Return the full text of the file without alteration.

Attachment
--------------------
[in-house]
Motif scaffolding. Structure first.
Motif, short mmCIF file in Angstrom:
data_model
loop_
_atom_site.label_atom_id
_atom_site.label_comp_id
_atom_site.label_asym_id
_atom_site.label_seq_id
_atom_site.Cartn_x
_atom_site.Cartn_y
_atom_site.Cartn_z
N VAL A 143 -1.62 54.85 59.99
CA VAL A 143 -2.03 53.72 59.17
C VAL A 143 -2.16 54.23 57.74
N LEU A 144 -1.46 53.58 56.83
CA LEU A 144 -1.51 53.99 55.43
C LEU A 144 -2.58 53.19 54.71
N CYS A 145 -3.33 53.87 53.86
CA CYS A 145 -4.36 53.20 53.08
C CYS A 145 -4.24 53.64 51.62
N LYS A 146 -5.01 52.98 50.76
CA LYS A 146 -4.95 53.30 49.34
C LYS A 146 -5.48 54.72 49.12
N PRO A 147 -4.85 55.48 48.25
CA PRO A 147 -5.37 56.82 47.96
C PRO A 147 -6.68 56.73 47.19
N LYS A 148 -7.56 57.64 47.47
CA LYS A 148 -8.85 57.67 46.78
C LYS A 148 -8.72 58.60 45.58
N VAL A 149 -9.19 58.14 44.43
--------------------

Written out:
[in-house]
Motif scaffolding. Structure first.
Motif, short mmCIF file in Angstrom:
data_model
loop_
_atom_site.label_atom_id
_atom_site.label_comp_id
_atom_site.label_asym_id
_atom_site.label_seq_id
_atom_site.Cartn_x
_atom_site.Cartn_y
_atom_site.Cartn_z
N VAL A 143 -1.62 54.85 59.99
CA VAL A 143 -2.03 53.72 59.17
C VAL A 143 -2.16 54.23 57.74
N LEU A 144 -1.46 53.58 56.83
CA LEU A 144 -1.51 53.99 55.43
C LEU A 144 -2.58 53.19 54.71
N CYS A 145 -3.33 53.87 53.86
CA CYS A 145 -4.36 53.20 53.08
C CYS A 145 -4.24 53.64 51.62
N LYS A 146 -5.01 52.98 50.76
CA LYS A 146 -4.95 53.30 49.34
C LYS A 146 -5.48 54.72 49.12
N PRO A 147 -4.85 55.48 48.25
CA PRO A 147 -5.37 56.82 47.96
C PRO A 147 -6.68 56.73 47.19
N LYS A 148 -7.56 57.64 47.47
CA LYS A 148 -8.85 57.67 46.78
C LYS A 148 -8.72 58.60 45.58
N VAL A 149 -9.19 58.14 44.43